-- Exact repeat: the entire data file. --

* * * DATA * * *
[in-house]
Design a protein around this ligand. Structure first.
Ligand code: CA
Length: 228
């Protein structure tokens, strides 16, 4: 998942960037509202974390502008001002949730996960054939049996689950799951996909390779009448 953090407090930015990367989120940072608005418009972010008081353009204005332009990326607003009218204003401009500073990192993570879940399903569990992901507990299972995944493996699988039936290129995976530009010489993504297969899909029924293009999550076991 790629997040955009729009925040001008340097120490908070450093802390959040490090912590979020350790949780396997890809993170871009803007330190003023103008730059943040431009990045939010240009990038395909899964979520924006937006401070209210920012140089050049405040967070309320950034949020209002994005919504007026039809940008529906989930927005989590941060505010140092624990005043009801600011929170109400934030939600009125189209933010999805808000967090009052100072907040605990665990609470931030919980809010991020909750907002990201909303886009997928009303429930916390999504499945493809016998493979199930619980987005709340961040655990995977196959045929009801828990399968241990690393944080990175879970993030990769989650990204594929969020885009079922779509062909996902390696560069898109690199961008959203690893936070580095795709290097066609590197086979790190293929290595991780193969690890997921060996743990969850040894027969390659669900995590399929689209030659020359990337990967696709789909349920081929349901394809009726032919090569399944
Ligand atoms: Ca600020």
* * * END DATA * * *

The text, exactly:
[in-house]
Design a protein around this ligand. Structure first.
Ligand code: CA
Length: 228
């Protein structure tokens, strides 16, 4: 998942960037509202974390502008001002949730996960054939049996689950799951996909390779009448 953090407090930015990367989120940072608005418009972010008081353009204005332009990326607003009218204003401009500073990192993570879940399903569990992901507990299972995944493996699988039936290129995976530009010489993504297969899909029924293009999550076991 790629997040955009729009925040001008340097120490908070450093802390959040490090912590979020350790949780396997890809993170871009803007330190003023103008730059943040431009990045939010240009990038395909899964979520924006937006401070209210920012140089050049405040967070309320950034949020209002994005919504007026039809940008529906989930927005989590941060505010140092624990005043009801600011929170109400934030939600009125189209933010999805808000967090009052100072907040605990665990609470931030919980809010991020909750907002990201909303886009997928009303429930916390999504499945493809016998493979199930619980987005709340961040655990995977196959045929009801828990399968241990690393944080990175879970993030990769989650990204594929969020885009079922779509062909996902390696560069898109690199961008959203690893936070580095795709290097066609590197086979790190293929290595991780193969690890997921060996743990969850040894027969390659669900995590399929689209030659020359990337990967696709789909349920081929349901394809009726032919090569399944
Ligand atoms: Ca600020």